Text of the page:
Versailles (notice the well camouflaged construction on the right)

We started at the main chateau.  The king and queen’s private apartments are only accessible by guided tour, but the passport ticket allowed us to walk through numerous staterooms and the king and queen’s magnificent bedrooms.  We opted against the guided tour because we wanted to visit other properties on the estate.

the King's Bedroom

the Queen's Bedroom

gold gilding galore!

the Hall of Mirrors

After touring the chateau, we had a nondescript lunch in the cafeteria and then bought tickets for the trolley to tour the rest of the estate.  It would have been nice to walk from building to building and enjoy the gardens, but the weather was rainy and cold at that point.

Gardens at Versailles

Gardens and ominous clouds

Our first stop was the Grand Trianon, which is a smaller chateau on the estate that was built by Louis XIV for his mistress.  This was one of my favorite stops, since there was a fashion exhibit in the space, co-sponsored by Versailles and the Musée Galliera (a fashion museum in Paris).  Throughout the beautifully decorated palace, mannequins wearing clothes by avant garde designers like Vivienne Westwood and Alexander McQueen were juxtaposed next to the 18th century wears that inspired them.  Unfortunately no photography was allowed inside, so I couldn’t capture the cool exhibit.

the (pink) Grand Trianon

After the Grand Trianon, we took the trolley to the Petit Trianon, which is another chateau on the property.  Louis XV built the Petit Trianon for his mistress, Madame de Pompadour.  Louis XVI later gave the Petit Trianon to Marie Antoinette, who went there to escape the “pressures” of court life.  The house was less ornate than the main chateau, but closer to how I would personally want to decorate my home.  We were excited to see an outpost of Angelina’s tea house and ordered two cups of the famous hot chocolate (there were also outposts of Laduree and Angelina’s at the main chateau, which I don’t remember seeing on past visits).  By that point it had stopped raining so we enjoyed the hot chocolate on the terrace outside.  It was a nice pick-me-up, but was a little too pudding-like to get my vote for best French hot chocolate.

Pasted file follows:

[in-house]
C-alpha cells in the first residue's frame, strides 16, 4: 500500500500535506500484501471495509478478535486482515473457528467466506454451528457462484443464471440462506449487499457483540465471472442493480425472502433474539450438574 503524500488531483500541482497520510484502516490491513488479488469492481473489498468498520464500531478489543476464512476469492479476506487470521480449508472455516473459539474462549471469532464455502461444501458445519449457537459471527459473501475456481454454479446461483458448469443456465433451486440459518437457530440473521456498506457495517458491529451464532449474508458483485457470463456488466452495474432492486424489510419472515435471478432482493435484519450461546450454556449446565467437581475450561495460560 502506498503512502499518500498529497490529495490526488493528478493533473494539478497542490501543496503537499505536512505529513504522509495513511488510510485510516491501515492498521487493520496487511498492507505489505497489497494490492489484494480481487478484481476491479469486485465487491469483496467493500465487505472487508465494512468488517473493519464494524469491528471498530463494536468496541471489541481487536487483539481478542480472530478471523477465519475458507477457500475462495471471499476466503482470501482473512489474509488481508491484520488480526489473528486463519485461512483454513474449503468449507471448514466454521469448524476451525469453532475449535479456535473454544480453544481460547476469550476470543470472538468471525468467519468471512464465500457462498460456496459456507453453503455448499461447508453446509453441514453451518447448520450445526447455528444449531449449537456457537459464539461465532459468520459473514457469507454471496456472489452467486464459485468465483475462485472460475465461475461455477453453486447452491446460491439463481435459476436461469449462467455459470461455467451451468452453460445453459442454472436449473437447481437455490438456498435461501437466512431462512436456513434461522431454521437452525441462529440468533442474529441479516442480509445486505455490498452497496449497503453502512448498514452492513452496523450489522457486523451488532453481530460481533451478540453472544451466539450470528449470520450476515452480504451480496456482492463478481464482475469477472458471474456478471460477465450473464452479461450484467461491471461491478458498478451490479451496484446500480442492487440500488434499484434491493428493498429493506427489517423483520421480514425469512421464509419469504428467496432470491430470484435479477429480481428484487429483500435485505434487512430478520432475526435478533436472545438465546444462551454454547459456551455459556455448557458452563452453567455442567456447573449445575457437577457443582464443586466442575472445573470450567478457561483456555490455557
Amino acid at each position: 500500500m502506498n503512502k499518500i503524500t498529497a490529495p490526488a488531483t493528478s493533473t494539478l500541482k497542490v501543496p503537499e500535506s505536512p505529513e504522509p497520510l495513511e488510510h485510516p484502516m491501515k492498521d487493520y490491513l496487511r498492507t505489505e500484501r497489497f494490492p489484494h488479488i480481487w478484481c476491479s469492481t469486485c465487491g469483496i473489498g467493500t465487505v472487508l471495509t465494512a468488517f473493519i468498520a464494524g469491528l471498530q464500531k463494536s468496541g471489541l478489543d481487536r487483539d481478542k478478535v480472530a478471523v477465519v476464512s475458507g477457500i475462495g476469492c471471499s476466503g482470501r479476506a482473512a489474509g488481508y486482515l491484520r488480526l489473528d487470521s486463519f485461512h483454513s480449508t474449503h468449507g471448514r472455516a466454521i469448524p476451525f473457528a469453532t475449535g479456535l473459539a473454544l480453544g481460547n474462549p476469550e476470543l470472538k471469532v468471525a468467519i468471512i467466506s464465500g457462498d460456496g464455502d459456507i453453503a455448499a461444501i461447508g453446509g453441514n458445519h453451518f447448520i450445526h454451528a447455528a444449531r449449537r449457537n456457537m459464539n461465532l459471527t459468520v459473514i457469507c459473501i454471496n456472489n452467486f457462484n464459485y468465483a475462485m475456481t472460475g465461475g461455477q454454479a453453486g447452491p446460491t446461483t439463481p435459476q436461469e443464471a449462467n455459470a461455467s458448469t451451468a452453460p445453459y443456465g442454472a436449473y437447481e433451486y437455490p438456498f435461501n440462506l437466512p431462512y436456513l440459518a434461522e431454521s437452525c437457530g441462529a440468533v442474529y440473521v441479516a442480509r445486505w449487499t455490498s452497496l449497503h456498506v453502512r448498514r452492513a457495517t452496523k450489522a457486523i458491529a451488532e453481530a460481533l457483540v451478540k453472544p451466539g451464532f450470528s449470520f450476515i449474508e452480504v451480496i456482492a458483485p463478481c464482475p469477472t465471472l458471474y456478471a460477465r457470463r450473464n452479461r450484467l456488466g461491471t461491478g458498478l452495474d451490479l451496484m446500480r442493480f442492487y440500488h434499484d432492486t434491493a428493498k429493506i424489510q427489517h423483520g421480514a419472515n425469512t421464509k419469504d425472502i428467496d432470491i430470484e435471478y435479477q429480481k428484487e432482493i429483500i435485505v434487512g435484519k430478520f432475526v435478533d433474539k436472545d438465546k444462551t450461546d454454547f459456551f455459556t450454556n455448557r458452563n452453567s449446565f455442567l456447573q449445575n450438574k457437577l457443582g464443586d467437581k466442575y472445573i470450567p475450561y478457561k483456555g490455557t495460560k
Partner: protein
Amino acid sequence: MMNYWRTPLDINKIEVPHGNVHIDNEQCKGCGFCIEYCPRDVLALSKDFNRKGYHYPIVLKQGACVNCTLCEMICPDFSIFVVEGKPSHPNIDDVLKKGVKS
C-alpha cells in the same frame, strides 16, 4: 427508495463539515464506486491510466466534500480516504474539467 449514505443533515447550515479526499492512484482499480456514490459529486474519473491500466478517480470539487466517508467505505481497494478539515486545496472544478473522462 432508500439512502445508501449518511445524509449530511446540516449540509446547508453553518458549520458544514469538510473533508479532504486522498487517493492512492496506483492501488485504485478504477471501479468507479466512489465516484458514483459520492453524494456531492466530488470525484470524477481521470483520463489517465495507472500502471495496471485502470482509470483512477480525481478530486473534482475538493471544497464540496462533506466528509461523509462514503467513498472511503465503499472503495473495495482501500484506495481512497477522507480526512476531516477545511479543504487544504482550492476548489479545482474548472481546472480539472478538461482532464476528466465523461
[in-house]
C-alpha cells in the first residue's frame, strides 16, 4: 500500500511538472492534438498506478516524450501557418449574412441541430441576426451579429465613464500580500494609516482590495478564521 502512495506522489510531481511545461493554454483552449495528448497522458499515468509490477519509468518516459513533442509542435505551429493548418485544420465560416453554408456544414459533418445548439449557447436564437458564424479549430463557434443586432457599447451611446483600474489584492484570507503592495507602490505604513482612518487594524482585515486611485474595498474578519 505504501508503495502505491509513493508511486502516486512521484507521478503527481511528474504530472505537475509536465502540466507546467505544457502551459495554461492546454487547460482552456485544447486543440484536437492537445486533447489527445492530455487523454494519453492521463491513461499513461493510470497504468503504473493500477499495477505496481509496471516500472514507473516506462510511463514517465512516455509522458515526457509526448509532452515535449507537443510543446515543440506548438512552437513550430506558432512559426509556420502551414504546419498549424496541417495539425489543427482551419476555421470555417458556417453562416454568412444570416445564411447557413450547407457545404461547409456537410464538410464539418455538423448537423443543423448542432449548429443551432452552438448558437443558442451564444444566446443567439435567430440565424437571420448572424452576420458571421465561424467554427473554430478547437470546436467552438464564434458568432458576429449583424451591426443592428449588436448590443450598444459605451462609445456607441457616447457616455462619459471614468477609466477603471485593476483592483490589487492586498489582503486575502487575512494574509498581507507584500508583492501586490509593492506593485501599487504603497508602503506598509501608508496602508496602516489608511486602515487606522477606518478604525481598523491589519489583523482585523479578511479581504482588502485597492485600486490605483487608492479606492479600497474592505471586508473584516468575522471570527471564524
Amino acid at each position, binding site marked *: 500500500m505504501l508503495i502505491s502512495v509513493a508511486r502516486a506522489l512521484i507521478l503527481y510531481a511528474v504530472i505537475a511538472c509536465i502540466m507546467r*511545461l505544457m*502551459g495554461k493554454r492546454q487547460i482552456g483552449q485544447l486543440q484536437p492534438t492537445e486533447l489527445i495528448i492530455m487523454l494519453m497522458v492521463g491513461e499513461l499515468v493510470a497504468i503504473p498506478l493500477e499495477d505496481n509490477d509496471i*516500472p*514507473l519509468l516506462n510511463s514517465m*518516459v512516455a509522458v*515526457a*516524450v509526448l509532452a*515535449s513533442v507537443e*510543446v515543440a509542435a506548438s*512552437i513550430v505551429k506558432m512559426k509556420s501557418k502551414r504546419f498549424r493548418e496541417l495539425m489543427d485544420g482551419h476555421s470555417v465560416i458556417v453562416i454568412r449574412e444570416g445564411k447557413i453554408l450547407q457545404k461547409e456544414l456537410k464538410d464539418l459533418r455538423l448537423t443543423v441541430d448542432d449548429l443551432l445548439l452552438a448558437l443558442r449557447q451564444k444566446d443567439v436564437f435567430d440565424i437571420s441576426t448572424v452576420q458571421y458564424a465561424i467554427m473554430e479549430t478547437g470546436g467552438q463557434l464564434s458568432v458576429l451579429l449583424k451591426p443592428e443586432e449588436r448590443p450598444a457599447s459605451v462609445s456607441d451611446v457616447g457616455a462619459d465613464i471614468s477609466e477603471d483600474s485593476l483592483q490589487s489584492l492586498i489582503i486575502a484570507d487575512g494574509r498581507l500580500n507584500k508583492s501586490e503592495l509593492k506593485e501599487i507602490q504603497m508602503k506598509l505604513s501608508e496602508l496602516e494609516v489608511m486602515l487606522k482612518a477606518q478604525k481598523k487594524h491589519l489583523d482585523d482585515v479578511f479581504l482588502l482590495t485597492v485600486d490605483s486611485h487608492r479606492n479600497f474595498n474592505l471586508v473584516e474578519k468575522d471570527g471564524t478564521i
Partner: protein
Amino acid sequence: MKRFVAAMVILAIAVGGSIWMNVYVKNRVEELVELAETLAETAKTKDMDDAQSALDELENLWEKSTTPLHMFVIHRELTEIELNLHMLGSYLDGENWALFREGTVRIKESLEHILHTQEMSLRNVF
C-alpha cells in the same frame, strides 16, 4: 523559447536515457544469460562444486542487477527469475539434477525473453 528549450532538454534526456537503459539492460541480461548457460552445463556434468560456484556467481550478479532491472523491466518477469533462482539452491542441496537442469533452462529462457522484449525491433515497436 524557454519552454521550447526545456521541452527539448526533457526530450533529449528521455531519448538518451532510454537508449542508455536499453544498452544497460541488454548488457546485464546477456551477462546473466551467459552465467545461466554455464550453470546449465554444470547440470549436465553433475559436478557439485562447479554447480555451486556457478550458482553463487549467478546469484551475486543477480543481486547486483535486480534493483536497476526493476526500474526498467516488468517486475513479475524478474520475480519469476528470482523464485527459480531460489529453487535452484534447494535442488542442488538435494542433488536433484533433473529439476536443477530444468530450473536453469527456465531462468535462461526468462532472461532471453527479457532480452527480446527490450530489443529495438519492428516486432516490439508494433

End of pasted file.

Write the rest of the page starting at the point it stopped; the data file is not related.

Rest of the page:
Temple of Venus in the Petit Trianon's gardens

Following Angelina’s, we walked through the gardens adjacent to the Petit Trianon and reached the Hameau de la Reine (Queen’s Hamlet).  Despite having been to Versailles multiple times, I had never been to the Hameau before because it only opened to the public in the early 2000s and it’s a bit of a walk from the main chateau.  The Hameau is now my favorite part of the estate!  The Hameau consists of twelve farmhouses that were built for Marie Antoinette, who enjoyed dressing up and pretending to be a farmer in her leisure time (though a real farmer’s family maintained the working farm at that time).  Today the Hameau is an animal refuge and petting zoo.  It’s also the most bucolic and serene place I’ve ever seen!  The only thing that disappointed me was that the buildings weren’t open to the public.

Hameau de la Reine (the bell tower is so picturesque, it looks Disneyfied!)

One of many cute little farmhouses

the Queen's House


More animals and charming buildings

The last trolley stop was the canal, but we didn’t get off because we were tired and it was late.  When we arrived back in Paris, we selected Bistrot Victoires for dinner, aptly described in my Time Out guide as a traditional French brasserie with budget prices.  I ordered steak tartar, which came with the traditional accompaniment of French fries.  I don’t order fries a lot for health reasons, but they were delicious!

Steak tartare and condiments

After dinner we went for a nightcap at the Café de la Paix, which is a historic café (c. 1862) located across from the famous Palais Garnier Opera House.  I ordered kir, a traditional French aperitif consisting of crème de cassis(blackcurrant liqueur) and white wine.  The prices at Café de la Paix were dear, but well worth it for the opulent atmosphere (and one drink never broke the bank!).

Sitting outside the Palais Garnier Opera House, one of the most beautiful buildings in Paris!

Café de la Paix

Frescoes, stucco, and gold gilding decorate the interior of Café de la Paix

Please check back on Friday for day 4 of my Paris series, in which I visit my favorite neighborhood, the Marais!